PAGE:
Date of Award
Medical Doctor (MD)
The American College of Surgeons National Surgical Quality Improvement Program (NSQIP) database is a national quality improvement database that is frequently used for outcomes studies in fields such as orthopedics. However, a number of variables collected by this database changed between 2010 and 2011, coinciding with a rapid increase in the number of patients included per year. The effects of such changes are studied in this thesis to better understand the impact of variable definitions, data collection practices, and sample populations on related research.
The aim of this thesis was to address the above-noted questions in the context of three, previously published, novel studies conducted by the authors of this thesis, as well as a review of literature related to missing data treatment and cross-database comparisons.
Studies 1 and 2 aimed to investigate the influence of changing data elements and growth of the NSQIP database on the results of longitudinal lumbar fusion outcomes studies and total hip arthroplasty (THA) studies, respectively. In Study 1, the NSQIP database was retrospectively queried to identify 19,755 patients who underwent elective posterior lumbar fusion surgery with or without interbody fusion between 2005 and 2014. In Study 2, NSQIP was similarly queried to identify 102,411 THA patients from 2005 to 2015. Patients were split into two groups based on year of surgery. Demographic data and 30-day perioperative outcomes were compared between the groups. As an example analysis, multivariate Poisson regression was used to determine the correlation between age and perioperative outcomes for each group. In both studies, a number of preoperative characteristics and perioperative outcomes were significantly different, and multivariate analyses differed, between era groups.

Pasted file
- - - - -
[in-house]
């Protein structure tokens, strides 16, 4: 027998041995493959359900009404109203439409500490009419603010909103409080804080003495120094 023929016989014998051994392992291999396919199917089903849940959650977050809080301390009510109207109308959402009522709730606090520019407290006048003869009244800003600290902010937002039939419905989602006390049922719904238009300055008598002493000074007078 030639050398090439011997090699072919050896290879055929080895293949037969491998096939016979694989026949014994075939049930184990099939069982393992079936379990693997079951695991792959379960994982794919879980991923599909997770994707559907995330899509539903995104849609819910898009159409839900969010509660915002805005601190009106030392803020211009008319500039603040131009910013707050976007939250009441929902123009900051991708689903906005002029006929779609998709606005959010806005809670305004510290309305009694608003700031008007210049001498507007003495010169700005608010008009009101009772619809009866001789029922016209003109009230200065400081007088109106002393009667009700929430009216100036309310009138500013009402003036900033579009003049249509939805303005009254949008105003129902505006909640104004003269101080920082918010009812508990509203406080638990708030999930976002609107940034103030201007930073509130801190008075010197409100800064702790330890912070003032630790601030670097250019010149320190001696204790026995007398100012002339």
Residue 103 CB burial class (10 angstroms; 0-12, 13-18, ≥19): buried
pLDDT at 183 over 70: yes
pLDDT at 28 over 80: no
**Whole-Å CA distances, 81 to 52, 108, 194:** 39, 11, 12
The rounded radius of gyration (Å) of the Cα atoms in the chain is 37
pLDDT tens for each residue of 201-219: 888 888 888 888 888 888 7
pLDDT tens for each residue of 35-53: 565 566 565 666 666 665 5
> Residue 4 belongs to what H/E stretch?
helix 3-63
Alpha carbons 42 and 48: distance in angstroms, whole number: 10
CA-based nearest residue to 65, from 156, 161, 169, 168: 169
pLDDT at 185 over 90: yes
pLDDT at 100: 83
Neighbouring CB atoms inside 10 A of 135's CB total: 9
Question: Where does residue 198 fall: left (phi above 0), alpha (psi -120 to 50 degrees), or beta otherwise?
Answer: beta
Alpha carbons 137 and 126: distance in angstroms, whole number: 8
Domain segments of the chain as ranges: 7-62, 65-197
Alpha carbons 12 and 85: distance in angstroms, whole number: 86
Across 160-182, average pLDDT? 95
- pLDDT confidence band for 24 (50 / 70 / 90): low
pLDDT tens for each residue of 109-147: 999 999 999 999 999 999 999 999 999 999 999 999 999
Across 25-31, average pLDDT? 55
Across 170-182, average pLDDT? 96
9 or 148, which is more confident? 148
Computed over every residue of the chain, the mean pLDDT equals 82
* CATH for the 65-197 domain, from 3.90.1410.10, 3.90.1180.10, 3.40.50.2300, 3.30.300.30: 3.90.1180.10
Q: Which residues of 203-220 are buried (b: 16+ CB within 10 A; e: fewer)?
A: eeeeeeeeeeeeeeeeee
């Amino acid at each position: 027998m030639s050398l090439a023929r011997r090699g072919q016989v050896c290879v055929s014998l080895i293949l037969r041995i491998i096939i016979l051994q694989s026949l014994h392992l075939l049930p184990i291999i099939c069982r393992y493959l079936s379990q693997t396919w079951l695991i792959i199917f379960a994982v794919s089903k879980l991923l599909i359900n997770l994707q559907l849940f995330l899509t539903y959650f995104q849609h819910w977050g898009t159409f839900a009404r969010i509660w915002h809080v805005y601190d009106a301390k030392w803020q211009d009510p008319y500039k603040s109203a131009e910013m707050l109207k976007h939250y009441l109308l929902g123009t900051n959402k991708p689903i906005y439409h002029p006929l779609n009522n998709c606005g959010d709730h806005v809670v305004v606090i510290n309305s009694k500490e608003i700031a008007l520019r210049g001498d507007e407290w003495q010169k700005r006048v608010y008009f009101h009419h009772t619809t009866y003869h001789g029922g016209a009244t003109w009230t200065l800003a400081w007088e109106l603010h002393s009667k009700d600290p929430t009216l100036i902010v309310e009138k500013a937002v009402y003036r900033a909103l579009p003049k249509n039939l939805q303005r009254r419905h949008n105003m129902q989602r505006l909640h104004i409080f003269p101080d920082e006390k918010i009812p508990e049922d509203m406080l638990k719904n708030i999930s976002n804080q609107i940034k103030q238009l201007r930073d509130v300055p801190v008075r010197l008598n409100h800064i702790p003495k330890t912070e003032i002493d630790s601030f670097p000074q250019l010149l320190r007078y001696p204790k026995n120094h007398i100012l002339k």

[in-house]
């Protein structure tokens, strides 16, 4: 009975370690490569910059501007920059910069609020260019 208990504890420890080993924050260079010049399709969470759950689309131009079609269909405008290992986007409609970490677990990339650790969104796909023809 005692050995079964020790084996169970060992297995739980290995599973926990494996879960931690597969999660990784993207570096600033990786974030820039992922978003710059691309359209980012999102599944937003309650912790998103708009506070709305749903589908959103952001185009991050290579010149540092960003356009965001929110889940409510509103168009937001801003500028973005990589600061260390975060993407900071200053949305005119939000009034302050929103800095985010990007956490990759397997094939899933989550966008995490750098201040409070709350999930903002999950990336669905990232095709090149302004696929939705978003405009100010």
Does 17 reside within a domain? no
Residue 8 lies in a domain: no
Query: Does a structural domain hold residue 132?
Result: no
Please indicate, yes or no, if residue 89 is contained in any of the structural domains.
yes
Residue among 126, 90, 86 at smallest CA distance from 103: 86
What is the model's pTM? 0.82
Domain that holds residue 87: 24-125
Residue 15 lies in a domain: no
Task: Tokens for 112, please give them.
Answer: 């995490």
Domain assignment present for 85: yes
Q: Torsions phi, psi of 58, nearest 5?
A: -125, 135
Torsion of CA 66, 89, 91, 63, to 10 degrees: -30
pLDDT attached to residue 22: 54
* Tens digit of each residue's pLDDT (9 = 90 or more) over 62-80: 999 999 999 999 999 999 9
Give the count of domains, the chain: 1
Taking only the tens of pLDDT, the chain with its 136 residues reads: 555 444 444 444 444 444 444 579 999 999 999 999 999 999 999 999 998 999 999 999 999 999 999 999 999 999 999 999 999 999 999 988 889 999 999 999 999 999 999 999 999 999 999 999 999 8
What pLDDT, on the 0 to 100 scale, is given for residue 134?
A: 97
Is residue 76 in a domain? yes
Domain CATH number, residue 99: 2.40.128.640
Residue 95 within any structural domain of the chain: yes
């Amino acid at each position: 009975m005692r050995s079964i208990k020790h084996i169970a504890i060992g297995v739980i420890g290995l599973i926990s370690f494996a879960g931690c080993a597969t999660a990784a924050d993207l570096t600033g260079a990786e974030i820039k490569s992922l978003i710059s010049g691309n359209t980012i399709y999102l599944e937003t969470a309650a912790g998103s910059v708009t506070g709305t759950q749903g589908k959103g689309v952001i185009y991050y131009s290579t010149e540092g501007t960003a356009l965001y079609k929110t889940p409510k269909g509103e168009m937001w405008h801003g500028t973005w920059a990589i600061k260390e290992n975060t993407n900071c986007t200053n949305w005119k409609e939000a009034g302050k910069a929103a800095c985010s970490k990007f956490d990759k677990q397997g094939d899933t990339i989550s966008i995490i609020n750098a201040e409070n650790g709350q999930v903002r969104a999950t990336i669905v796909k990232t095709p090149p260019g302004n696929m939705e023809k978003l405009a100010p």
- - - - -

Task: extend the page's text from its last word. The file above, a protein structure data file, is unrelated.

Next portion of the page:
Study 3 aimed to investigate the influence of changes in the NSQIP database on the calculation of the modified Frailty Index (mFI) and the modified Charlson Comorbidity Index (mCCI) for posterior lumbar fusion studies. The mFI was calculated for each patient using three methods: treating conditions for which data was missing as not present, dropping patients with missing values, and normalizing by dividing the raw score by the number of variables collected. The mCCI was calculated by the first two of these methods. Mean American Society of Anesthesiologists (ASA) scores were used for comparison. Systematic changes in the NSQIP database resulted in missing data for many of the variables included in the mFI and mCCI, and differing methods of calculation yielded different results.
These three studies add to the body of existing literature showing differing results for outcomes studies conducted with varying methods of missing data treatment, as well as studies conducted using different large, national databases. As a whole, these studies suggest that systematic changes in the NSQIP database through the years can lead to different study results and conclusions. While studied in one specific dataset, NSQIP, the principles highlighted here apply to large database studies in general, and should be considered whenever possible when perfomring related studies.
Shultz, Blake Norman, "Systematic Changes In A National Database Can Affect The Results Of Orthopedics Outcomes Studies" (2022). Yale Medicine Thesis Digital Library. 4120.